Mostly whimsical reflections on life
My wife laughs at me, but she doesn’t think I’m funny. I have a lot in common with robot comics.
Scientists, engineers and industrialists are busily developing robots to ease human burdens. What could be more helpful, you ask, than a robot that makes us laugh?
Heather Knight, who is described as a social roboticist at Carnegie Mellon, is working on a robot comedian, equipped with built-in patter and a rudimentary ability to read its audience.
Of course, the robot comedian is compelled by internal software to share the responses it is sensing. In a short clip aired on The Takeaway, one robot comedian elicited only tepid twitters with her lines, but got great guffaws when she commented on her joke bombs, a la Rodney Dangerfield.
Knight joined the Carnegie Mellon Robotics Institute last summer. Her initial projects include a robot census and a robot theatrical company, catchily called Marilyn Monrobot.
Her plan is put robots on stage next to human performers. Knight says this could be instructive to the entertainment industry and ultimately open new vistas of expression. Maybe a geeky version of ventriloquism.
All I can say, this makes me nervous. I’m already having trouble with laugh lines and now I could be outdone by a 12-inch hunk of plastic that looks like it came from Toys ‘R Us.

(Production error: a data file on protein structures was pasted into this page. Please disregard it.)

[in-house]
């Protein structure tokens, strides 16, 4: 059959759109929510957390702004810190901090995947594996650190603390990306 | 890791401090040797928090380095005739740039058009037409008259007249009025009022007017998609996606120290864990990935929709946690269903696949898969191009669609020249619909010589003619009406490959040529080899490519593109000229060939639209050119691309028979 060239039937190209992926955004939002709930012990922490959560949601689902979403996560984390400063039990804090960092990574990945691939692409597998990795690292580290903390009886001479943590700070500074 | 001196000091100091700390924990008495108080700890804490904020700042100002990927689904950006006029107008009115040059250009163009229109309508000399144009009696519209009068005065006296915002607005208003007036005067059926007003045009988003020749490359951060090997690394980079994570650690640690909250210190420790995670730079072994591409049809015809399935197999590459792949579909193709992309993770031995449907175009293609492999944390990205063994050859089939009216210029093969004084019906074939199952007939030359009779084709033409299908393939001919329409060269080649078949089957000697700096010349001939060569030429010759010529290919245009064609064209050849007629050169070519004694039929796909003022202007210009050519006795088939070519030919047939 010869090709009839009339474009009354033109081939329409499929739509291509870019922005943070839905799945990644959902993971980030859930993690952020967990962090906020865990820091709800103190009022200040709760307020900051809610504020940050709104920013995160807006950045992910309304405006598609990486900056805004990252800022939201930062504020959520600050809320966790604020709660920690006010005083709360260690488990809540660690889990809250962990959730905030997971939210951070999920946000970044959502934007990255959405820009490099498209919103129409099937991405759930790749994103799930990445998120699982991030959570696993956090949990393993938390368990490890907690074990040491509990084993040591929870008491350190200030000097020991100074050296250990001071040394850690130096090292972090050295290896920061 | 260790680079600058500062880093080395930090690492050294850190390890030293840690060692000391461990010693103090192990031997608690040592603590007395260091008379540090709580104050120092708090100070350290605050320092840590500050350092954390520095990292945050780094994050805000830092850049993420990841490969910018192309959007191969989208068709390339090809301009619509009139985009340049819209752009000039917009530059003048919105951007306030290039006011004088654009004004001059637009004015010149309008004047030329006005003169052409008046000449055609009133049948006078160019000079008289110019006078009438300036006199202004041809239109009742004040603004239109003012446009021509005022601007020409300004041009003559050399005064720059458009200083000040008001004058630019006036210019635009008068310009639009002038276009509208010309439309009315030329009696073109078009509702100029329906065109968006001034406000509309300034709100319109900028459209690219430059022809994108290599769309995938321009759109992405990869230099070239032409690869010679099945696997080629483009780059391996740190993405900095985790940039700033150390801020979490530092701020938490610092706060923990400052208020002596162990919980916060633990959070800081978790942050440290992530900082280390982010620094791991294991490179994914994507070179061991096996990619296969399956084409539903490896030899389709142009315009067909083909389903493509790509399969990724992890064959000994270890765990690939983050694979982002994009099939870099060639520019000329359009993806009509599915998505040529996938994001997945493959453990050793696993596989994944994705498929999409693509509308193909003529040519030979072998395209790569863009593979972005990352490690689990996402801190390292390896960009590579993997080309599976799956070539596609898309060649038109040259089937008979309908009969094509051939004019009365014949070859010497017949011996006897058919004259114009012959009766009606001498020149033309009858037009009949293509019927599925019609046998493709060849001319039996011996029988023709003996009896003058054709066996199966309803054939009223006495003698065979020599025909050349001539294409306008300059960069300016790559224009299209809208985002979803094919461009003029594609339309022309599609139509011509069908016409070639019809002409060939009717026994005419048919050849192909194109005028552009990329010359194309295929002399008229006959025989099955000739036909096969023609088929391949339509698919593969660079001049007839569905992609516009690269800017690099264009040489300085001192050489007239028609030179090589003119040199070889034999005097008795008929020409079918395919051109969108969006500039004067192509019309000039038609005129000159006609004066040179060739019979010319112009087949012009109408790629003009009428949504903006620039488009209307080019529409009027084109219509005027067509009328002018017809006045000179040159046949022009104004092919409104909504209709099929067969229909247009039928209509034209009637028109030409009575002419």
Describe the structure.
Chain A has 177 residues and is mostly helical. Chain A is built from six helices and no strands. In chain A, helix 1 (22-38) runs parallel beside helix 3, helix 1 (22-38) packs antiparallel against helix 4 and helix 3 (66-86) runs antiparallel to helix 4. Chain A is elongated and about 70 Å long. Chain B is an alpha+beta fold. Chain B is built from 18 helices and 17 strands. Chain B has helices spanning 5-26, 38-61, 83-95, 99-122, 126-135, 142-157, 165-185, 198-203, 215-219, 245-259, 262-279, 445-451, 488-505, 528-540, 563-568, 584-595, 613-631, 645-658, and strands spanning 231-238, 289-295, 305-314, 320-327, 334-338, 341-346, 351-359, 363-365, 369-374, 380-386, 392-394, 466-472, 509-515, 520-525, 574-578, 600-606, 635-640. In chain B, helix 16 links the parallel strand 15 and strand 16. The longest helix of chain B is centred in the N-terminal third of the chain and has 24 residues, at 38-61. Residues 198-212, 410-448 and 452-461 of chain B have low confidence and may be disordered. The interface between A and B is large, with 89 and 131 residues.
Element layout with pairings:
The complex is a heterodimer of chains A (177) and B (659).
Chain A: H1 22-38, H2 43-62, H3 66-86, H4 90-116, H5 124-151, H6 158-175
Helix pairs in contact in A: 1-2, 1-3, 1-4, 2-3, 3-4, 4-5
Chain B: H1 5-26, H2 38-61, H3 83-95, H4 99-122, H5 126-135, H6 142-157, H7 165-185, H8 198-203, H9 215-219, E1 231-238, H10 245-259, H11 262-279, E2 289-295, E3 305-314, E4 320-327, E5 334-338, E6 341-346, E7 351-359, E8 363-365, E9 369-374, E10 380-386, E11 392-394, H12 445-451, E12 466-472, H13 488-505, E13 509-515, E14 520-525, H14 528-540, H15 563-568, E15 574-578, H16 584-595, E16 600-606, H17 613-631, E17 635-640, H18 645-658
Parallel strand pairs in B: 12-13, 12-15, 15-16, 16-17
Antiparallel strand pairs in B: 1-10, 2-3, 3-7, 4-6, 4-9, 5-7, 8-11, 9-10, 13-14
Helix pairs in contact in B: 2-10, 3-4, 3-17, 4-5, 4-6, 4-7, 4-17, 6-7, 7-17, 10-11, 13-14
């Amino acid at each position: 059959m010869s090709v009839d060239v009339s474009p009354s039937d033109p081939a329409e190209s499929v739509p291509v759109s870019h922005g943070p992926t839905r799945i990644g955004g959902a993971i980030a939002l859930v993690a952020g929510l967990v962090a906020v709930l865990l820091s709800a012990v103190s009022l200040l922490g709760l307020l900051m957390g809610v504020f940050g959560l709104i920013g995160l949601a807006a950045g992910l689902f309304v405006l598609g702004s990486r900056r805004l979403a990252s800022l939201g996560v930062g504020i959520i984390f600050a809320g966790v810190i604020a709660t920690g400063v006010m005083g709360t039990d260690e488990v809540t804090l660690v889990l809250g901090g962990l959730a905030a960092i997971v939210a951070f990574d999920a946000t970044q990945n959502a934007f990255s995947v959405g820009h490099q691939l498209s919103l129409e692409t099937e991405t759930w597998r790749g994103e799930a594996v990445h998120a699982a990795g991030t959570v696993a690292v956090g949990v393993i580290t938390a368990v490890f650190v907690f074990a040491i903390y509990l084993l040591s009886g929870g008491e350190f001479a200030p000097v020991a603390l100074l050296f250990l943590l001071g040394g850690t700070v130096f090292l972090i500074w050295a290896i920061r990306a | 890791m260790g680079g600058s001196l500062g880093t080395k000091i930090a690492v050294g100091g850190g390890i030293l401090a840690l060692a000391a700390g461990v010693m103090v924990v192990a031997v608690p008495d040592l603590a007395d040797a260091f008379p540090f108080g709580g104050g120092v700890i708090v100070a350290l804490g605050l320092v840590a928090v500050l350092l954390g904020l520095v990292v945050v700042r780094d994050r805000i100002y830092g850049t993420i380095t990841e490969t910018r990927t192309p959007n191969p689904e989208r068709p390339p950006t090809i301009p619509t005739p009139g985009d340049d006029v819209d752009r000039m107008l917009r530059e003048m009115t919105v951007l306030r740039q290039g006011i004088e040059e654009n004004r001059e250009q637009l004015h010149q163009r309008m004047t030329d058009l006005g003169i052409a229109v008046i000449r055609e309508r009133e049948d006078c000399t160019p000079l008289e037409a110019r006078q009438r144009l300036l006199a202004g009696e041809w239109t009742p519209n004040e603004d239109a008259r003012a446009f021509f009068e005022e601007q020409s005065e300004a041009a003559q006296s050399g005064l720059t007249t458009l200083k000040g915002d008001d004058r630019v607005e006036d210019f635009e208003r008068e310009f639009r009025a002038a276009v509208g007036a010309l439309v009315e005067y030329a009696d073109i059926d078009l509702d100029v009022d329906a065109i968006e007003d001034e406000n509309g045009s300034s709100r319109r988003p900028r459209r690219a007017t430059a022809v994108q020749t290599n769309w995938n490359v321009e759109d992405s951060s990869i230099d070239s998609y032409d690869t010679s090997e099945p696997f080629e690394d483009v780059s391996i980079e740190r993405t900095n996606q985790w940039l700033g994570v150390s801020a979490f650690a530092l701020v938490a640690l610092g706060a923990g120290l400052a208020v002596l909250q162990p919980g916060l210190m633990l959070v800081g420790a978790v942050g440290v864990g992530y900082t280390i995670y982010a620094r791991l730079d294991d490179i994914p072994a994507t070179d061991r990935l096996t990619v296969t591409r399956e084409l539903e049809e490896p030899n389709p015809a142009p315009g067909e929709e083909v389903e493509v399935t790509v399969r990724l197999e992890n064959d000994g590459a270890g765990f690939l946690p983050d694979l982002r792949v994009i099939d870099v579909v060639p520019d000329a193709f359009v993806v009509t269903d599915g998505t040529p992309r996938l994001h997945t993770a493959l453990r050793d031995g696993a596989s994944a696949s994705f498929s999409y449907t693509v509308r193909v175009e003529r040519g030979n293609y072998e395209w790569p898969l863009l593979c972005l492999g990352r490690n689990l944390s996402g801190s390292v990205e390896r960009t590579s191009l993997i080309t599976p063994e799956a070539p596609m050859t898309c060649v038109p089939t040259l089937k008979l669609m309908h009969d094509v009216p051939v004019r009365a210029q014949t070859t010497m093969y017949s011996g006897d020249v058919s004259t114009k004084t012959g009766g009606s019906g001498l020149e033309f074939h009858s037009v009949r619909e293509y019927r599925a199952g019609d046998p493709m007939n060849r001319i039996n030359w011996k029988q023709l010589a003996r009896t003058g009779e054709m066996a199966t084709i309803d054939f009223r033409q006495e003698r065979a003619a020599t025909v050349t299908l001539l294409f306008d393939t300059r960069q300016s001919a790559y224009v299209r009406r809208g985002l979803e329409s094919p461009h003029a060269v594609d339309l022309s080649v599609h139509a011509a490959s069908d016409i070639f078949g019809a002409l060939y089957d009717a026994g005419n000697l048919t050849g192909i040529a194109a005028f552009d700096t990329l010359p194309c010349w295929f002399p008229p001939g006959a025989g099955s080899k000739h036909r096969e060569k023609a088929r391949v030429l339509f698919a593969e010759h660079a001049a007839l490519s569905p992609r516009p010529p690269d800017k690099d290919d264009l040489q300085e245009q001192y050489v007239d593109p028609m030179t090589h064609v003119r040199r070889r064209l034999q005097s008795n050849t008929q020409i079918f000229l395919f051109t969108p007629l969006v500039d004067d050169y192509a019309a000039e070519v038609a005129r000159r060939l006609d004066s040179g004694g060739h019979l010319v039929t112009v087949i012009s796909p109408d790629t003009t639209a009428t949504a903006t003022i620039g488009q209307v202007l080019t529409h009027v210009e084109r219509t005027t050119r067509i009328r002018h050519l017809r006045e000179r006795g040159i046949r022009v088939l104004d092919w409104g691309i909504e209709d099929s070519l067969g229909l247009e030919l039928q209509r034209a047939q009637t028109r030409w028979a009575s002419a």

For now, Knight’s little robot jokester isn’t a match for Jerry Seinfeld or Lily Tomlin. But with a few more adjustments and another zillion megabits of memory, the robot could turn into Roseanne Barr.
I have nothing personally against robots. These descendants of R2-D2 and C-3PO can help humans build things, clean things and figure things out. But I have qualms about teaching robots how to make people laugh, something that strikes me as uniquely human, along with littering.
I say, let robots think away. With our kids doing so poorly on math proficiency tests, we need linear thinkers.
But once you let robots off the line from A to B, there is no telling where that could lead. It could make fears about stem cell research seem like a Jonathan Swift satire.
Robot comedians may be a novelty, but I predict their humor won’t last, even if robots manage to polish their stand-up and read audiences like Don Rickles.
No, leave the comedy to us hapless humans. Our jokes may stink and our delivery may be jittery, but we make people laugh – either with us or at us. When the robots take over, it may be the only job we’re qualified for.
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